Focus In An Age of Distraction
An Introduction To Meditation
The more distracted we are, the easier we are to control.
For a glimpse into the inner-workings of our consumer society, check out Maslov’s Hierarchy of Needs and notice the bottom level to see how Marketers, Politicians, or an unscrupulous preacher can spin us down the rosy path of control without our even knowing it. It’s not evil unless we’re manipulated by it. Be Discerning. Test the spirits.
Every Spiritual Tradition
Every spiritual tradition trains us in the disciplines of prayer, meditation, and the study of Scriptures…to clarify our hearts so we can make good decisions.
Every song and every sermon in a Baptist worship service is choreographed to move you to the altar.
Every song and every sermon in a Charismatic worship service is designed to sweep you up into a corporate experience of the Holy Spirit.
Every song and every sermon in a Catholic, Orthodox or other liturgical worship service is to prepare you to receive the Eucharist.
Some of us use the liturgy of emotion, and some use the liturgy of intellect, but every one of us uses the liturgy of our community. It’s worship by design. We all need cues to cross the threshold.
The One-Two Combo
Cues are why I believe prayer and meditation are the one-two combos to knock out our ego, that we might enter into God’s presence.
Let me explain: The first two gifts of meditation is meditation helps to:
1. Clear away all the distractions.
2. Meditation amplifies our ability to focus.
This is huge in a society that’s addicted to distractions.
Though meditation is native to us, it isn’t easy. Don’t let anyone fool you. You don’t learn a new language overnight or become a nuclear scientist in a day.
Here’s a hint to motives: if you’re led by joy rather than being driven by duty or will-power, or anything else, the journey will be a whole lot easier.
All spirituality is moving out of our little, small, mean, self-willed self, our ego, into our large, expansive, true self which is a consciousness shift. Then from our true self, dwelling in wholeness, we begin the integration process of our transformation.
Meditation is native to all of us as young children, hence Jesus’ statement, “unless you become like little children, you cannot enter the Kingdom of Heaven.” But once the ego is in place, our spirituality is an internal battle.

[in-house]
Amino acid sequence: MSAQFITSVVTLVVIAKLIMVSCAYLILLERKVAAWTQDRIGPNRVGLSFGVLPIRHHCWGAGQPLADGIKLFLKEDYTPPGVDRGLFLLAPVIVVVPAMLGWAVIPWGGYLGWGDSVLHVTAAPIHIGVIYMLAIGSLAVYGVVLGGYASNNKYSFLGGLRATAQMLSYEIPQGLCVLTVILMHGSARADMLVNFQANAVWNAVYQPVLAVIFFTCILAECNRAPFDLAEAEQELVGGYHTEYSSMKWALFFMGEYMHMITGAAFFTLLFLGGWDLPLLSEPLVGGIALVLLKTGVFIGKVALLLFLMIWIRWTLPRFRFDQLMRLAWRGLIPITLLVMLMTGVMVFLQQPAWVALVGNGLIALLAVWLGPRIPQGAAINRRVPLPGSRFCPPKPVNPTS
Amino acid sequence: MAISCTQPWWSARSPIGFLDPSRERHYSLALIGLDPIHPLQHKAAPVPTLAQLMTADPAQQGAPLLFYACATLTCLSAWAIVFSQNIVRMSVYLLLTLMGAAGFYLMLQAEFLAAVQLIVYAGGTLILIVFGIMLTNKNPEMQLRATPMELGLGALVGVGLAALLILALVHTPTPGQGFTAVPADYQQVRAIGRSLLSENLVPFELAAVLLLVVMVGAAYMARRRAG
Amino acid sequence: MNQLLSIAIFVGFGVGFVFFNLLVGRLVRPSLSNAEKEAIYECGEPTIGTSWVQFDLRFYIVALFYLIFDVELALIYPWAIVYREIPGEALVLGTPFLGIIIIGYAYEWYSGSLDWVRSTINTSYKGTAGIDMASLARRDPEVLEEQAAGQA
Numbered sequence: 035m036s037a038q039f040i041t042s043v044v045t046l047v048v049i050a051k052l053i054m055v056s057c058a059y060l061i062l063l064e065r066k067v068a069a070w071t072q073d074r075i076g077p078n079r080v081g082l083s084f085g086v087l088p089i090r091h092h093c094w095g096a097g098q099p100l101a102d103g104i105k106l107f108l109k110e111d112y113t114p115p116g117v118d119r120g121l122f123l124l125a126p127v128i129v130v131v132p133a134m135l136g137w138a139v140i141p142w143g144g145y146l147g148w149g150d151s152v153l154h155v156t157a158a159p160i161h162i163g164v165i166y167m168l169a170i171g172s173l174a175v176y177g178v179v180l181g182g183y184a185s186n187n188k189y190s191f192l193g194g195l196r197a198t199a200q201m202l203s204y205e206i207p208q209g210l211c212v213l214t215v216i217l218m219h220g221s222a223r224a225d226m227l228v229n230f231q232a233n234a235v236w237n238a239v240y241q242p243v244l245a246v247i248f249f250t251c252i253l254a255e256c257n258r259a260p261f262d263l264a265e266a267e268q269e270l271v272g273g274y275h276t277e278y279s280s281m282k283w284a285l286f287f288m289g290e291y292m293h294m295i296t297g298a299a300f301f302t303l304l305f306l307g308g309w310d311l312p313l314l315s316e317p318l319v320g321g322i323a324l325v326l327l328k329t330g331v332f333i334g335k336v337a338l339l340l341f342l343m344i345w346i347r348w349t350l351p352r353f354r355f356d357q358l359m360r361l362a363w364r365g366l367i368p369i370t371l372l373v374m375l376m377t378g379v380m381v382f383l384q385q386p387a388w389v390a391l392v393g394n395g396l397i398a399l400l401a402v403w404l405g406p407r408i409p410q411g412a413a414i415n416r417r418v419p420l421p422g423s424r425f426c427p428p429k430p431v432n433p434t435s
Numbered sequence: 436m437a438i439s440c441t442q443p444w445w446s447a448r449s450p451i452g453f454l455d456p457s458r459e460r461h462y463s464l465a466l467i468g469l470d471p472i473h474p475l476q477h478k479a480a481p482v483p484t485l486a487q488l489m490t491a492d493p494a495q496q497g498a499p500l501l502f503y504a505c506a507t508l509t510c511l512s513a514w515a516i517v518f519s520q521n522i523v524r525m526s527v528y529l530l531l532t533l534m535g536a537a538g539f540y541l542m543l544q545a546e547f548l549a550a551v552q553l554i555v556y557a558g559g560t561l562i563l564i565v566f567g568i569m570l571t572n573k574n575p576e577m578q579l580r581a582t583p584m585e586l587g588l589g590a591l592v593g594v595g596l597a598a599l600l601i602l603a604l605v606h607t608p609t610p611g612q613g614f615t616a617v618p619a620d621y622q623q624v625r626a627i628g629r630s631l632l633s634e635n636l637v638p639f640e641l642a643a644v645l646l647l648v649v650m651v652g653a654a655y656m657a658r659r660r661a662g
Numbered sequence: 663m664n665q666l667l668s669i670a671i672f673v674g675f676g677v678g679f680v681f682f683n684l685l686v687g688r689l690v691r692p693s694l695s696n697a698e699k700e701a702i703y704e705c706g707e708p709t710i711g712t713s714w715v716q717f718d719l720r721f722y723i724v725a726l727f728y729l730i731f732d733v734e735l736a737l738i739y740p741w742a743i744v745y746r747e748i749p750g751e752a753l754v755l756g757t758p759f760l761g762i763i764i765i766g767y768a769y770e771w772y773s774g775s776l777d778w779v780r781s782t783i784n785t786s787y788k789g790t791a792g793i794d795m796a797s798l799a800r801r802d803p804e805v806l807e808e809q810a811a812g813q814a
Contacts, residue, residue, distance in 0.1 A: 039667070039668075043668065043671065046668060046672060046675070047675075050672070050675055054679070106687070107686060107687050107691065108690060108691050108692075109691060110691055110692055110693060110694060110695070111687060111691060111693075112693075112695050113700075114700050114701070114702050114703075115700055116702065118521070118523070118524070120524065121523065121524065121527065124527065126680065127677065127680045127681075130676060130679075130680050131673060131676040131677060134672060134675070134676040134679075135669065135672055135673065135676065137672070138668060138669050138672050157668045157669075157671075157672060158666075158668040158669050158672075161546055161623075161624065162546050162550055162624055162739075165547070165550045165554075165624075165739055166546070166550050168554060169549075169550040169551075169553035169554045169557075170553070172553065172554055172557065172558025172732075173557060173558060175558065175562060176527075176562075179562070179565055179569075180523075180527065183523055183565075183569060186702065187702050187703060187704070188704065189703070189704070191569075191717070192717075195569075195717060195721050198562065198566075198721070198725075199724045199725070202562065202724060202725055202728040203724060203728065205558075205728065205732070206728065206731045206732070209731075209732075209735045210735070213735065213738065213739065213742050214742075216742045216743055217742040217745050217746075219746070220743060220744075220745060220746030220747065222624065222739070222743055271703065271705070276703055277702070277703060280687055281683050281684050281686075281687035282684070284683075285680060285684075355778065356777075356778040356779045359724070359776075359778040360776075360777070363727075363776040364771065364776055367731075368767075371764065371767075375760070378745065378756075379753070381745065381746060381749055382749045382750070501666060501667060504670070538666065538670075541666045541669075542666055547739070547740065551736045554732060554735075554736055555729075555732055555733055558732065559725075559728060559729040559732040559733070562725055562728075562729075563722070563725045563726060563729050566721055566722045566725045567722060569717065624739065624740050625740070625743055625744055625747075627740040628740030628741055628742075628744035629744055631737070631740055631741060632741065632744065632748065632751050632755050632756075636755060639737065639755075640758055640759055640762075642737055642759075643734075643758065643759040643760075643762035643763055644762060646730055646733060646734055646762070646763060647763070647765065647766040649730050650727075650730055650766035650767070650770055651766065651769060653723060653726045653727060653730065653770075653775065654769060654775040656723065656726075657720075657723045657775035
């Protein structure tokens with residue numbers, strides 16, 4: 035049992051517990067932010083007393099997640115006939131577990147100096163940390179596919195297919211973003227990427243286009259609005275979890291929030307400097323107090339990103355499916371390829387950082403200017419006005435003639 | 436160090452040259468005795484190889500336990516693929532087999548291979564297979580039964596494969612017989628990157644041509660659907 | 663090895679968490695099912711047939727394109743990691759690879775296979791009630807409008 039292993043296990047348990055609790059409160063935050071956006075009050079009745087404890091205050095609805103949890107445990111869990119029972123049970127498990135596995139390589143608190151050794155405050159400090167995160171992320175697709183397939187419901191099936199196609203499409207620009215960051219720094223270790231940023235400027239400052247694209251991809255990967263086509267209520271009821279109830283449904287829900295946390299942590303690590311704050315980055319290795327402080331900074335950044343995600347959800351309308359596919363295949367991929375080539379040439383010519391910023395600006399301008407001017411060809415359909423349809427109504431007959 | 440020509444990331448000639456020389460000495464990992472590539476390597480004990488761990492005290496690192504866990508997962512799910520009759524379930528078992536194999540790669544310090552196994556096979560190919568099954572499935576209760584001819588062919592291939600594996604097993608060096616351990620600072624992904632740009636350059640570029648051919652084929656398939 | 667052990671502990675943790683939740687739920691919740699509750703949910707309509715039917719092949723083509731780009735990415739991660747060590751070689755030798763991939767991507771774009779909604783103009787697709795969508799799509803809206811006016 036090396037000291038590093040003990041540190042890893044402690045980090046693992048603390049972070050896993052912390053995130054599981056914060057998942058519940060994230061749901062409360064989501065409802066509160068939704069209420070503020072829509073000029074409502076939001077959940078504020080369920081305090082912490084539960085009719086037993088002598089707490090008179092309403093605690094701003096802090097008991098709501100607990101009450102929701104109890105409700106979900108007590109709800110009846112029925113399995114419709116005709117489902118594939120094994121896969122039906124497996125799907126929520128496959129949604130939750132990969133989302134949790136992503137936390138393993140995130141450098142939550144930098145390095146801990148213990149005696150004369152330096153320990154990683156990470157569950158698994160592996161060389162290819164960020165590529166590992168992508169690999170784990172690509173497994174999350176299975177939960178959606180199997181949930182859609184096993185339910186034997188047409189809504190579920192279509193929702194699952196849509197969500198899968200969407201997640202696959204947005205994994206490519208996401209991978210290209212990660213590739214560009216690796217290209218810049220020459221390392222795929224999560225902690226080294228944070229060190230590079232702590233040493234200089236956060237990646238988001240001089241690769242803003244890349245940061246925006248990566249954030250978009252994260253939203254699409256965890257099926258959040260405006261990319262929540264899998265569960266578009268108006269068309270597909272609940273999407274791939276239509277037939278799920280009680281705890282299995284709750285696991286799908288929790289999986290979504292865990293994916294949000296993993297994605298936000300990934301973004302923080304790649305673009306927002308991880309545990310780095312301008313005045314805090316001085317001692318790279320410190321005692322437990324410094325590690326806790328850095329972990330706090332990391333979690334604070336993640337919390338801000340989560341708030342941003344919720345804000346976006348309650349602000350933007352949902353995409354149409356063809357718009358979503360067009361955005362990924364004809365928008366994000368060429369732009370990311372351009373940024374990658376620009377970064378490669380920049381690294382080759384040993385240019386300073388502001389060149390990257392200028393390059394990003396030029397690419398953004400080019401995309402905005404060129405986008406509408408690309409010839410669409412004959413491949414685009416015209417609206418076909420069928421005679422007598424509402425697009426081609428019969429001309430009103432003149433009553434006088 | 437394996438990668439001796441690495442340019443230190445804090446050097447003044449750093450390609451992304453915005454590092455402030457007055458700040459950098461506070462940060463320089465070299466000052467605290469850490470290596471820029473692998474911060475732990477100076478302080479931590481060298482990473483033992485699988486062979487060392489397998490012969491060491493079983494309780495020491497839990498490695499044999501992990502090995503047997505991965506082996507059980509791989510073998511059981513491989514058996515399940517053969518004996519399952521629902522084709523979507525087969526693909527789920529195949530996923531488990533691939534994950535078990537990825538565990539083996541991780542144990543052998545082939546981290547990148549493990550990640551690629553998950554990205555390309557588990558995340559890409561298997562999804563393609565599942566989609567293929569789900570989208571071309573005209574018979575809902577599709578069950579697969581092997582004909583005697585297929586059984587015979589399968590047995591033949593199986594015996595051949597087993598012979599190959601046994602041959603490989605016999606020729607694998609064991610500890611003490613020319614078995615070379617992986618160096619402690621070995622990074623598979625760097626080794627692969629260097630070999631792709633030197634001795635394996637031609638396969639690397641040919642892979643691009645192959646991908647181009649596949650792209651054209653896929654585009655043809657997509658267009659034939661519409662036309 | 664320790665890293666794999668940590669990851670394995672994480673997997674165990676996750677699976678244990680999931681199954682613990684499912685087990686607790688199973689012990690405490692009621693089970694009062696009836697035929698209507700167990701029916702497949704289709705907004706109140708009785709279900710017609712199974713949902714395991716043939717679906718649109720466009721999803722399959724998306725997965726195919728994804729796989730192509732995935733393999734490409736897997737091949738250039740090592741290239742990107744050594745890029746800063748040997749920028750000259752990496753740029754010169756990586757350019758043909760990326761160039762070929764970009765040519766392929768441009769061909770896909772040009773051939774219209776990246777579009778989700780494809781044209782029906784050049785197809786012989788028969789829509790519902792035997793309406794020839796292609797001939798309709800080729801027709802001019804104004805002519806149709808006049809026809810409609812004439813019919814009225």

The Internal Battle
Stephen Pressfield in the War of Art calls our ego, the dragon of resistance we must slay every day. Buddhists meditate on their death. The mystics call it the Dark Night of the Soul and the Cloud of Unknowing, St. Francis meditated on a skull. The Scriptures call our ego the old man, the fallen self, or the false self according to the translation.
However, we come to it, facing our death clarifies us by removing the distractions of our suffering and reveals what is truly important to us. Recently, cancer has helped clarify my life immensely. Spirituality doesn’t make us immune to life. In fact, it’s counterintuitive, our spirituality makes us more human, because we see that we’re all connected, and we all belong to each other. We are our brother’s keeper.
Brain science is giving us language to talk about this shift, but traditionally we’ve talked about it through metaphor, and Scripture has a boat-load of them: Putting on the mind of Christ, abiding in the vine, the eye of the needle, and other metaphors, but the idea is that we’ve got to die to our old self, our ego, to be able to live out of our true self in God. Let me reiterate, this is a consciousness shift, not merely a belief. This is knowing, center to center, spirit to Spirit.
So this prayer and meditation combo is the best way I know to enter in.
But a Caution: prayer and quoting Scripture is not merely saying words, it is not a formula nor is it mystical words. It’s not magic. It is not a declaration. But prayer is turning our hearts toward the Eternal and to do that, everything else must fall away. (That’s focus) Getting the junk out of the way, forgiveness, and letting go.
Meditation in the Christian sense is the tuning of our spirit to, with, and in God’s Spirit.
I love the metaphor Jesus uses, “Abide in me, for apart from me you can do nothing”. And by nothing he means nothing.
So let’s review: Meditation clears the space of our heart for undistracted focus.
Are you ready for a cool change?